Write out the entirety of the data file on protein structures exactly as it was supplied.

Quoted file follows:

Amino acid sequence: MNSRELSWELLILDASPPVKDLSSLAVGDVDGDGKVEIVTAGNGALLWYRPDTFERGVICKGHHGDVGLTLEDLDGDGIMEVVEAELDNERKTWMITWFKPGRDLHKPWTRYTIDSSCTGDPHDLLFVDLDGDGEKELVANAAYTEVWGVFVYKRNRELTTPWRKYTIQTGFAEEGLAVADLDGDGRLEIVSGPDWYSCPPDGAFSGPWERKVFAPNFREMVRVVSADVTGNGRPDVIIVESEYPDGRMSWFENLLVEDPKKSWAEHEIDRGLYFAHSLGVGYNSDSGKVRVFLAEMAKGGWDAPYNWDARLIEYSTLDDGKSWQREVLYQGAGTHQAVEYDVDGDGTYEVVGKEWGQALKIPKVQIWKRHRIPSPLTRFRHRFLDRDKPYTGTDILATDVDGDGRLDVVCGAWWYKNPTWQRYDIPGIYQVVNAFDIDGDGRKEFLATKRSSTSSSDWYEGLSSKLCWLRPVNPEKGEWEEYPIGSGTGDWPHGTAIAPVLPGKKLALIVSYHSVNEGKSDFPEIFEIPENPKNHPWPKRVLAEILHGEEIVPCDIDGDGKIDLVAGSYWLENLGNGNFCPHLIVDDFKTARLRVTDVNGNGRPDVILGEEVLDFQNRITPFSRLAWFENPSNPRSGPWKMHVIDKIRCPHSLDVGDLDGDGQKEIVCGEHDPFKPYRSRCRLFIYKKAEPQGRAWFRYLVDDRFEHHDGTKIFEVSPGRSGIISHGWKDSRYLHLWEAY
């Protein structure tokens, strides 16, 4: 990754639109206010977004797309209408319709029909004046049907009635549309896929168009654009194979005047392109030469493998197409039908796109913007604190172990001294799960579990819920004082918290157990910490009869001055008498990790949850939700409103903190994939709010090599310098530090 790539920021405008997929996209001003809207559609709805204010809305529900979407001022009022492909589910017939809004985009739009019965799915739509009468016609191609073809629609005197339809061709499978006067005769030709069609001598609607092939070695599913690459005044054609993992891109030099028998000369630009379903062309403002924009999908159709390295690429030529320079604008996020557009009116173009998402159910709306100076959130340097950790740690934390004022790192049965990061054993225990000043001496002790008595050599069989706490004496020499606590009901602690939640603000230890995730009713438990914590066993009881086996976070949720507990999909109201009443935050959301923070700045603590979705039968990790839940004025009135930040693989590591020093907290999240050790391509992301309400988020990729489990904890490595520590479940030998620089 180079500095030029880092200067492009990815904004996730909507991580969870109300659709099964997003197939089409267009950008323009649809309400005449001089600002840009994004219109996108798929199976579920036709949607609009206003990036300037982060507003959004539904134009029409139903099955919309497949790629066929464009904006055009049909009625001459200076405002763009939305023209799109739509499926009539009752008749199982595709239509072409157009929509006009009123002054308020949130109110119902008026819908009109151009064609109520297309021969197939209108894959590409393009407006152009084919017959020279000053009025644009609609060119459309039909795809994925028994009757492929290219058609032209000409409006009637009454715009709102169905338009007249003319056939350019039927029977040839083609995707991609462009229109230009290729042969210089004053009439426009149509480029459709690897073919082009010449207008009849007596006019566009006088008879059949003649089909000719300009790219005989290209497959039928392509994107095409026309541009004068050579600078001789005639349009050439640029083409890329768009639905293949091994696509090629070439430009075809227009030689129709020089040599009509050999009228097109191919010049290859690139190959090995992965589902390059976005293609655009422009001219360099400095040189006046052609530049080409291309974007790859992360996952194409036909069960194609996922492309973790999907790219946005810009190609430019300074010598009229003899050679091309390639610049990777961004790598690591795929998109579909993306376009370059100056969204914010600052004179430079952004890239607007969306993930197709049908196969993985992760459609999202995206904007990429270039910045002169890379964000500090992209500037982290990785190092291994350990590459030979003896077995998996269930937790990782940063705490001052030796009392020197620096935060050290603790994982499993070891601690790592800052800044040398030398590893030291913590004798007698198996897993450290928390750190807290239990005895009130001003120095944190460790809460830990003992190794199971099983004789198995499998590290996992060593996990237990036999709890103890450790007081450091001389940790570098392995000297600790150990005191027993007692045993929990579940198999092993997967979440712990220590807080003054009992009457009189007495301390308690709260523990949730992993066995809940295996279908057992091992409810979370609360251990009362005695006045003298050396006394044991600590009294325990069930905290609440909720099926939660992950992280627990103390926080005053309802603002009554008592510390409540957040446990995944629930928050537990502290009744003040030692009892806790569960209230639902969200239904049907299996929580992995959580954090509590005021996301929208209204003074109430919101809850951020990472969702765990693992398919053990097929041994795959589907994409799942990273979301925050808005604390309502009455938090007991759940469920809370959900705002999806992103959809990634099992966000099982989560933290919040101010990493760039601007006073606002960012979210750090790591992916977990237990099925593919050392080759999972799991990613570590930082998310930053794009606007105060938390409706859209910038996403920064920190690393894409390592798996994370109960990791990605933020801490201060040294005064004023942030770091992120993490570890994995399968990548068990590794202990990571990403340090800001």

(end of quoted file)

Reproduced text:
Amino acid sequence: MNSRELSWELLILDASPPVKDLSSLAVGDVDGDGKVEIVTAGNGALLWYRPDTFERGVICKGHHGDVGLTLEDLDGDGIMEVVEAELDNERKTWMITWFKPGRDLHKPWTRYTIDSSCTGDPHDLLFVDLDGDGEKELVANAAYTEVWGVFVYKRNRELTTPWRKYTIQTGFAEEGLAVADLDGDGRLEIVSGPDWYSCPPDGAFSGPWERKVFAPNFREMVRVVSADVTGNGRPDVIIVESEYPDGRMSWFENLLVEDPKKSWAEHEIDRGLYFAHSLGVGYNSDSGKVRVFLAEMAKGGWDAPYNWDARLIEYSTLDDGKSWQREVLYQGAGTHQAVEYDVDGDGTYEVVGKEWGQALKIPKVQIWKRHRIPSPLTRFRHRFLDRDKPYTGTDILATDVDGDGRLDVVCGAWWYKNPTWQRYDIPGIYQVVNAFDIDGDGRKEFLATKRSSTSSSDWYEGLSSKLCWLRPVNPEKGEWEEYPIGSGTGDWPHGTAIAPVLPGKKLALIVSYHSVNEGKSDFPEIFEIPENPKNHPWPKRVLAEILHGEEIVPCDIDGDGKIDLVAGSYWLENLGNGNFCPHLIVDDFKTARLRVTDVNGNGRPDVILGEEVLDFQNRITPFSRLAWFENPSNPRSGPWKMHVIDKIRCPHSLDVGDLDGDGQKEIVCGEHDPFKPYRSRCRLFIYKKAEPQGRAWFRYLVDDRFEHHDGTKIFEVSPGRSGIISHGWKDSRYLHLWEAY
């Protein structure tokens, strides 16, 4: 990754639109206010977004797309209408319709029909004046049907009635549309896929168009654009194979005047392109030469493998197409039908796109913007604190172990001294799960579990819920004082918290157990910490009869001055008498990790949850939700409103903190994939709010090599310098530090 790539920021405008997929996209001003809207559609709805204010809305529900979407001022009022492909589910017939809004985009739009019965799915739509009468016609191609073809629609005197339809061709499978006067005769030709069609001598609607092939070695599913690459005044054609993992891109030099028998000369630009379903062309403002924009999908159709390295690429030529320079604008996020557009009116173009998402159910709306100076959130340097950790740690934390004022790192049965990061054993225990000043001496002790008595050599069989706490004496020499606590009901602690939640603000230890995730009713438990914590066993009881086996976070949720507990999909109201009443935050959301923070700045603590979705039968990790839940004025009135930040693989590591020093907290999240050790391509992301309400988020990729489990904890490595520590479940030998620089 180079500095030029880092200067492009990815904004996730909507991580969870109300659709099964997003197939089409267009950008323009649809309400005449001089600002840009994004219109996108798929199976579920036709949607609009206003990036300037982060507003959004539904134009029409139903099955919309497949790629066929464009904006055009049909009625001459200076405002763009939305023209799109739509499926009539009752008749199982595709239509072409157009929509006009009123002054308020949130109110119902008026819908009109151009064609109520297309021969197939209108894959590409393009407006152009084919017959020279000053009025644009609609060119459309039909795809994925028994009757492929290219058609032209000409409006009637009454715009709102169905338009007249003319056939350019039927029977040839083609995707991609462009229109230009290729042969210089004053009439426009149509480029459709690897073919082009010449207008009849007596006019566009006088008879059949003649089909000719300009790219005989290209497959039928392509994107095409026309541009004068050579600078001789005639349009050439640029083409890329768009639905293949091994696509090629070439430009075809227009030689129709020089040599009509050999009228097109191919010049290859690139190959090995992965589902390059976005293609655009422009001219360099400095040189006046052609530049080409291309974007790859992360996952194409036909069960194609996922492309973790999907790219946005810009190609430019300074010598009229003899050679091309390639610049990777961004790598690591795929998109579909993306376009370059100056969204914010600052004179430079952004890239607007969306993930197709049908196969993985992760459609999202995206904007990429270039910045002169890379964000500090992209500037982290990785190092291994350990590459030979003896077995998996269930937790990782940063705490001052030796009392020197620096935060050290603790994982499993070891601690790592800052800044040398030398590893030291913590004798007698198996897993450290928390750190807290239990005895009130001003120095944190460790809460830990003992190794199971099983004789198995499998590290996992060593996990237990036999709890103890450790007081450091001389940790570098392995000297600790150990005191027993007692045993929990579940198999092993997967979440712990220590807080003054009992009457009189007495301390308690709260523990949730992993066995809940295996279908057992091992409810979370609360251990009362005695006045003298050396006394044991600590009294325990069930905290609440909720099926939660992950992280627990103390926080005053309802603002009554008592510390409540957040446990995944629930928050537990502290009744003040030692009892806790569960209230639902969200239904049907299996929580992995959580954090509590005021996301929208209204003074109430919101809850951020990472969702765990693992398919053990097929041994795959589907994409799942990273979301925050808005604390309502009455938090007991759940469920809370959900705002999806992103959809990634099992966000099982989560933290919040101010990493760039601007006073606002960012979210750090790591992916977990237990099925593919050392080759999972799991990613570590930082998310930053794009606007105060938390409706859209910038996403920064920190690393894409390592798996994370109960990791990605933020801490201060040294005064004023942030770091992120993490570890994995399968990548068990590794202990990571990403340090800001």